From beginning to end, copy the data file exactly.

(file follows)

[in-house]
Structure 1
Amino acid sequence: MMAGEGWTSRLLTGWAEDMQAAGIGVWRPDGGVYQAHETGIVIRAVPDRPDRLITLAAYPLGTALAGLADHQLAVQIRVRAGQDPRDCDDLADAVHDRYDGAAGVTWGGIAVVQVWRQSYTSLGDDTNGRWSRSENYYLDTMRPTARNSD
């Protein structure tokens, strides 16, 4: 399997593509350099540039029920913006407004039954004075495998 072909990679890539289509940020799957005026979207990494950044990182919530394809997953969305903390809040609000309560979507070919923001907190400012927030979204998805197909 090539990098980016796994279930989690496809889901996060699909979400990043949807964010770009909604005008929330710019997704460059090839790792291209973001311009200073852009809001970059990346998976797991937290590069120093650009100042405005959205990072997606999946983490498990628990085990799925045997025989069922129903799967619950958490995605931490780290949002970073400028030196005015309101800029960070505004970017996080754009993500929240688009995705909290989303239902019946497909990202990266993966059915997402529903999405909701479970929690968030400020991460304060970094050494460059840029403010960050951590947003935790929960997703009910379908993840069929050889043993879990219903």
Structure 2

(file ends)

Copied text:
[in-house]
Structure 1
Amino acid sequence: MMAGEGWTSRLLTGWAEDMQAAGIGVWRPDGGVYQAHETGIVIRAVPDRPDRLITLAAYPLGTALAGLADHQLAVQIRVRAGQDPRDCDDLADAVHDRYDGAAGVTWGGIAVVQVWRQSYTSLGDDTNGRWSRSENYYLDTMRPTARNSD
């Protein structure tokens, strides 16, 4: 399997593509350099540039029920913006407004039954004075495998 072909990679890539289509940020799957005026979207990494950044990182919530394809997953969305903390809040609000309560979507070919923001907190400012927030979204998805197909 090539990098980016796994279930989690496809889901996060699909979400990043949807964010770009909604005008929330710019997704460059090839790792291209973001311009200073852009809001970059990346998976797991937290590069120093650009100042405005959205990072997606999946983490498990628990085990799925045997025989069922129903799967619950958490995605931490780290949002970073400028030196005015309101800029960070505004970017996080754009993500929240688009995705909290989303239902019946497909990202990266993966059915997402529903999405909701479970929690968030400020991460304060970094050494460059840029403010960050951590947003935790929960997703009910379908993840069929050889043993879990219903």
Structure 2